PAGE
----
"He [Wade> has been a problem time and time again in this series on just simply getting back on defense" -E.S. Strauss

    http://bleacherreport.com/articles/1210550-heat-need-killer-instinct-its-do-or-die

    This a Dwayne Wade at a stage in his career that is well beyond James Harden in experience. All the stars have problems with getting into it with the refs, ya'll need to get off Harden's jock.

  • rocketrick says 6 months ago

    Like I said, give me a video of durant, lebron, wade, or Paul, ect.. sitting on the court, whining while an opponent goes the entire court for a layup because they gave up on the play.


    I don't have any video to add to my message, but I've seen plenty of times when all of these guys have sat on the court, laid on the court, or just stayed on the other side of the court and gave up on the play allowing their opponent an easy shot. As others have mentioned in this thread, it is unfortunately part of the game. I don't like it either but I suppose there are those times where the player is trying to make a valid point to the referee.

    Anyone watching NBA these days know how horrible and inconsistent the refereeing is. It's abominable. But the good teams just play through it to the best of their ability, although from time to time their top dog will make an extra point of emphasis and it can payoff on a later possession (make up calls, anyone?).
  • Buckko says 6 months ago Like I said, give me a video of durant, lebron, wade, or Paul, ect.. sitting on the court, whining while an opponent goes the entire court for a layup because they gave up on the play.
  • dbd says 6 months ago

    Didn't know flopping is contagious. :)

  • Cooper says 6 months ago

    Not to Harden's point of emphasis, you won't see Lebron, durant, or any other star stay on the floor and give up on a play when doesn't get the call. Now to say this again, no hate on harden but he needs to cut that out. It looks terrible and tends to end in the other team scoring.

    Lebron and Wade do it all the time. Paul does it, Durant does it the least I've seen but everyone's guilty of it from time to time.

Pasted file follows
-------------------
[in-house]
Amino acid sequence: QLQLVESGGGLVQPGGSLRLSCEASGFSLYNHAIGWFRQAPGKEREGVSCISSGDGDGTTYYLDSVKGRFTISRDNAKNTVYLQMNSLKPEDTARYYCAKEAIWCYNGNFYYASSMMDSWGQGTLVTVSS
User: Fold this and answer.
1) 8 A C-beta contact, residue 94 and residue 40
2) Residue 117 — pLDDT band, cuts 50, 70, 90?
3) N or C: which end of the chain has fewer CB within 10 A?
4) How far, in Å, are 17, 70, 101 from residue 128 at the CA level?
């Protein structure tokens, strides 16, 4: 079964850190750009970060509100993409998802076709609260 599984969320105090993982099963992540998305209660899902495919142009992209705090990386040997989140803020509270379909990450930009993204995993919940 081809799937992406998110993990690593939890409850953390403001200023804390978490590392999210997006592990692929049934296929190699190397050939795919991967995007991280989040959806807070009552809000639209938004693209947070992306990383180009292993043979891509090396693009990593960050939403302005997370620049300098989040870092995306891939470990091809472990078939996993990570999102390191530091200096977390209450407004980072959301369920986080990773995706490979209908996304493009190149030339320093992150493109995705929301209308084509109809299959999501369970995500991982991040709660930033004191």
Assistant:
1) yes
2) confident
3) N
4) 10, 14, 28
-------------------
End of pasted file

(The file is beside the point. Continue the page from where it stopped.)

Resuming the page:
• Alituro says 6 months ago

    I've been hard, lately, on Lin for driving and passing at the last second often leaving the post players scrambling to recover and bail him out. Last night I saw a shift in that when Lin drove, Howard or Jones, whoever was on the weak side, instead of concentrating in being in position for the rebound, boxing out his man, released a little to the outside and gave Lin a hand in the sky for an outlet. This is something I can live with, as long as the strong side post guy collapses behind Lin in case he shoots. I believe it was around 3 minutes and some change left in the 3rd that I noticed a glaring example. Drive and kick or Drive and drop is a good strategy for Lin's play style, but only as long as the rest of the team is prepared for it. Lowry was very adept at this aspect of the game.

  • Buckko says 6 months ago

    I thought it was extremely ironic of Tucker complaining about Harden flopping early in the game and then later, tried to flop but didn't get a call and harden nailed a 3.

  • Buckko says 6 months ago

    Not to Harden's point of emphasis, you won't see Lebron, durant, or any other star stay on the floor and give up on a play when doesn't get the call. Now to say this again, no hate on harden but he needs to cut that out. It looks terrible and tends to end in the other team scoring.

  • Red94 says 6 months ago New post: Houston Rockets 122, Phoenix Suns 108: Solid Frontcourt, Solid Shooting, Solid Victory.
    By: Paul McGuire

    After the constant back-to-backs and games one after the other, it certainly came as a solid relief for the Houston Rockets to have some time off while playing only two to three games over a week.  By contrast, the Phoenix Suns had to face off against Tom Thibodeau and his incredibly intense Chicago Bulls yesterday, meaning that their legs were not quite there tonight.  The old-style Houston frontcourt of Terrence Jones and Dwight Howard thoroughly trounced Miles Plumlee, Channing Frye, and a Phoenix frontcourt which prefers jump shots to more traditional big men play, and the well-rested Rockets also had their best shooting performance in a long, long time.  The result was a good, solid win, one with a few scares but where Houston possessed a decent lead for practically the entire game.

    Both Jones and Dwight came out extremely aggressive to start the game.  Jones drew first blood, as he grabbed three offensive rebounds on the very first possession of the game, and then either scored or assisted on 12 of Houston’s first 22 points. Once Jones slowed down a tad, Howard started to demand the ball in the post.  Phoenix just did not have anyone who could handle Dwight; Plumlee did his very best, but Dwight still had 15 points by the end of the first half.  Howard and Jones continued their rampage in the 2nd half.  Howard did miss a few chip shots from the post that I’m sure that he would have liked to redo, but he still finished with 34 points on 17 shots.